During the early days of women students on campus, the all-male corps of cadets vehemently opposed the admission of women to the university and delighted in tossing water from their barracks windows at all passing female students. Dodging that water, one female student of the time asserted, led to the formation of a basketball team: “We became exceedingly alert and quick movers, in fact we became so efficient in dodging water that we decided to extend our athletic ability even further, and as a consequence of this we had a basketball team.”
While the women on campus did have to dodge water as part of campus life, the team actually originated through the efforts of Ruth Louise Terrett, one of the first five women to enroll at the school in 1921. The 1925 Tin Horn, a yearbook the early women issued when male students refused to include them in the regular school yearbook, The Bugle, reports that Terrett “stirred up an enthusiasm for basketball,” and in 1923 the coeds formed their own team, which they dubbed the “Sextettes.” Terrett was captain of the team, which played Blacksburg High School twice and Radford College, Concord Teacher’s College, and the YMCA of Roanoke once each. The team, which had seven members, won three of its five games, scoring victories against the high school and Concord.
Although the female students renamed their basketball team the “Turkey Hens” sometime before 1929, even the new name apparently couldn’t draw any support from the cadets. According to the 1926 diary of a female student, “Of course we weren’t in the Athletic Association, so we couldn’t expect support at our games. A few of the boys did come and always rooted for the opposing team. Not very sportsmanlike, but maybe some day it will be different.” Undaunted by the opposition from their classmates, the women charged the cadets exorbitant fees to attend the games.
By 1929 the team had expanded its schedule and had a coach, Mr. Marion Buford Blair, assistant professor of physical education. That year, the team scored three wins, two ties, and two losses, bowing badly to Radford in 38-8 and 47-9 blowouts. The ties came on the road with Concord College and Bluefield College, with victories recorded in a return game with Concord and two with Marion College. By then, the cadets apparently had begun to root for the women because the 1929 Tin Horn cites the cadets’ and other coeds’ “excellent support” for the “peppy” play of the team.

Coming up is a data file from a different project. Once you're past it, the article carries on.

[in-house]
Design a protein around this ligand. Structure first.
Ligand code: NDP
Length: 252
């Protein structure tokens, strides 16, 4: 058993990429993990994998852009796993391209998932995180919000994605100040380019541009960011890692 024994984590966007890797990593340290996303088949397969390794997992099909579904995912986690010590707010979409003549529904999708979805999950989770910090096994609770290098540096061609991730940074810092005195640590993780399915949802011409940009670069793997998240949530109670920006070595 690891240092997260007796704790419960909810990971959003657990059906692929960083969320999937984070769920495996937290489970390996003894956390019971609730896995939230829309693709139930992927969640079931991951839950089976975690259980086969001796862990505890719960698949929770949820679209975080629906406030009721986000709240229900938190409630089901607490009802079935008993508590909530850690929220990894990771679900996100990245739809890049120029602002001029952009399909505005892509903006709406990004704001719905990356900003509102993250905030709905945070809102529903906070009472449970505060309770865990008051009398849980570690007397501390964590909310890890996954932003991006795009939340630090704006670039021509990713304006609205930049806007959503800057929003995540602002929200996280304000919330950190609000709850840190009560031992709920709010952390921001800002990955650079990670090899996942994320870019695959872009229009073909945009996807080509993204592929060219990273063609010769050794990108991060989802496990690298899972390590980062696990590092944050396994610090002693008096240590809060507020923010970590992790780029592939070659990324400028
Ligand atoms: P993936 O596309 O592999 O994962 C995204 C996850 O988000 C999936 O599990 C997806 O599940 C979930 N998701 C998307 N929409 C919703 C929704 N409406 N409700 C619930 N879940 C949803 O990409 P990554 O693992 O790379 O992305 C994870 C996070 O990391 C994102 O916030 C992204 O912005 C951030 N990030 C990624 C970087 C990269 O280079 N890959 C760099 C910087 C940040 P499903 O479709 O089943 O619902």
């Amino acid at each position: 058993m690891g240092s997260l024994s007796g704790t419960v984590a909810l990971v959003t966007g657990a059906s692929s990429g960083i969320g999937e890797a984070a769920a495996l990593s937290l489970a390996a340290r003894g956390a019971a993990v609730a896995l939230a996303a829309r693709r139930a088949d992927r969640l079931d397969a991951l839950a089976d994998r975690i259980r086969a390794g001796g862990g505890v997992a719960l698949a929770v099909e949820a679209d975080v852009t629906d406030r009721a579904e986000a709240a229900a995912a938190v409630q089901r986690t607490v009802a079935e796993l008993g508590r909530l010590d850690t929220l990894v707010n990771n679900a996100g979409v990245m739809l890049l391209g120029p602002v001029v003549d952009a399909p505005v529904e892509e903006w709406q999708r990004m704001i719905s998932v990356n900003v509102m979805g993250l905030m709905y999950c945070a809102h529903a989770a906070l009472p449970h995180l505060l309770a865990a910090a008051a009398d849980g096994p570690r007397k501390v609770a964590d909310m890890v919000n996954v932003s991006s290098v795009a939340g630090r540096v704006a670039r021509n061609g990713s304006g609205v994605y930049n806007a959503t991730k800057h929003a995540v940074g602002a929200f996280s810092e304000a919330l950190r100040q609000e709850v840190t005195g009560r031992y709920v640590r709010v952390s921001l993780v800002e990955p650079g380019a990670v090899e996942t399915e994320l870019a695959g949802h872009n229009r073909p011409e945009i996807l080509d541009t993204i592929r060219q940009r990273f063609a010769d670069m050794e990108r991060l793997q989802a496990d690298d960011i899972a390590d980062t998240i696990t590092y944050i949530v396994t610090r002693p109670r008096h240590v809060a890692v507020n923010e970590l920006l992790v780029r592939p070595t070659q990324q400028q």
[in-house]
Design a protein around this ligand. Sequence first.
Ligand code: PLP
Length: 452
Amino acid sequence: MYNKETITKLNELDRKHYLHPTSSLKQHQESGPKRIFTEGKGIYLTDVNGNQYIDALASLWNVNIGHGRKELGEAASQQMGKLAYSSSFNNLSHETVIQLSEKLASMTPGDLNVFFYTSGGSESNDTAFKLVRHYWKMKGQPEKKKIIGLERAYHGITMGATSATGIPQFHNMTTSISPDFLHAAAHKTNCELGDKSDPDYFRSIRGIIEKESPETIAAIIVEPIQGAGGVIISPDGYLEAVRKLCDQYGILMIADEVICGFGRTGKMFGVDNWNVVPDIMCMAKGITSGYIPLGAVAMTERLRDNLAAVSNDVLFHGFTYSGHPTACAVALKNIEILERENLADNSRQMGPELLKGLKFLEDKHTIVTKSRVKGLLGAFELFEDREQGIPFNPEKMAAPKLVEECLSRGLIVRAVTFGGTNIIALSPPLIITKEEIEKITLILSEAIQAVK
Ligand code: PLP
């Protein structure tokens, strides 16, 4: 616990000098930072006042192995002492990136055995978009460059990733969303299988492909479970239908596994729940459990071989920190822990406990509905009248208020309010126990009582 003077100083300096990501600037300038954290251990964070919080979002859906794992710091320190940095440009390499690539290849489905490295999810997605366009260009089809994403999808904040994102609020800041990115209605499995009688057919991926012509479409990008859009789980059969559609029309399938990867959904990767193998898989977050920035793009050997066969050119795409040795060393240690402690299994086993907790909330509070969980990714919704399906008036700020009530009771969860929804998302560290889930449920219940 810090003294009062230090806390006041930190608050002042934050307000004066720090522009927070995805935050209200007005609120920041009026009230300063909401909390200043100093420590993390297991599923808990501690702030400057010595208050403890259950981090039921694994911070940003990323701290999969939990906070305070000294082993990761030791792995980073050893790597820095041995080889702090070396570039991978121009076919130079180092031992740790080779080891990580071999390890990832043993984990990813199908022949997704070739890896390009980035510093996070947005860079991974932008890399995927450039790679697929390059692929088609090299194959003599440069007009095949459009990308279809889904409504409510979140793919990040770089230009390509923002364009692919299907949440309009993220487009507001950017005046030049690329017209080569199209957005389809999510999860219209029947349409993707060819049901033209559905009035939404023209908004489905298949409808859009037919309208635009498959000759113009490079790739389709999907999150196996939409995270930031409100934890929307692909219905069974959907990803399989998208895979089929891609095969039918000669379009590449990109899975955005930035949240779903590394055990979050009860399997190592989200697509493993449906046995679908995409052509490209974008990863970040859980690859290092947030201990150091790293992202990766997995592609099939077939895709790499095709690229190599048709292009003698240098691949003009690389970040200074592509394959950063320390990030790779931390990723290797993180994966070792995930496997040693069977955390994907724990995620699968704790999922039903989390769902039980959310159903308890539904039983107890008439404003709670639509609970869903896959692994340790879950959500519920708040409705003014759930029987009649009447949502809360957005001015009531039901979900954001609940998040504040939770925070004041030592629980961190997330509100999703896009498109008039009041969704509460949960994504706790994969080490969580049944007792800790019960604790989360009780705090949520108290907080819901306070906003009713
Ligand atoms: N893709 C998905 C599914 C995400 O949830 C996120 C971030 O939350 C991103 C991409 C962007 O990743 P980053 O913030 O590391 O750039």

In 1930, having lost only two players and still coached by Blair, the team went undefeated. Playing nine games, the Turkey Hens won eight games and tied one of two games with Lynchburg College. Their roster also included games with West Virginia Business College, Bluefield College, National Business College, and Marion College (one game).
In 1970 women’s basketball was operating as an unsanctioned club sport under Coach Ganna Roberts, but two years later, in 1972, the university officially sanctioned women’s basketball as a club sport. The first sanctioned team was coached by John H. Ristroph, a graduate student in industrial engineering and operations research who volunteered for the job. The team had neither scholarships nor a travel budget but still played both away games and home games, with the latter open admission events. Attendance was sparse. At the end of the season, the team played in a tournament for the state championship, finishing third.
Ristoph was followed by Joe Sgro, who coached the 1973-74 team to an 8-5 record, the 1974-75 team to a 9-9 record, and the 1975-76 team to an 8-9 record.
The team gained full varsity status at the beginning of the 1976-77 season and scored its first varsity win in 1976 by defeating Bridgewater College 59-55 under the coaching of John Wetzel. The Hokies’ first varsity coach was a former Tech player and former assistant coach of the NBA’s Portland Trail Blazers. He played on the men’s team from 1963-66 and then went on to play pro ball with the Lakers, Suns and Hawks before coming back to Tech to finish his education and coach the women’s squad. In his first and only season, his team recorded a 7-9 record.
In 1977 Helena Flannagan received partial aid, becoming the first women’s basketball player to earn any kind of scholarship. The first full scholarship player was Kim Albany, who played 1978-82.
In 1987 basketball star Renee Dennis became the first woman at Virginia Tech to have her jersey retired.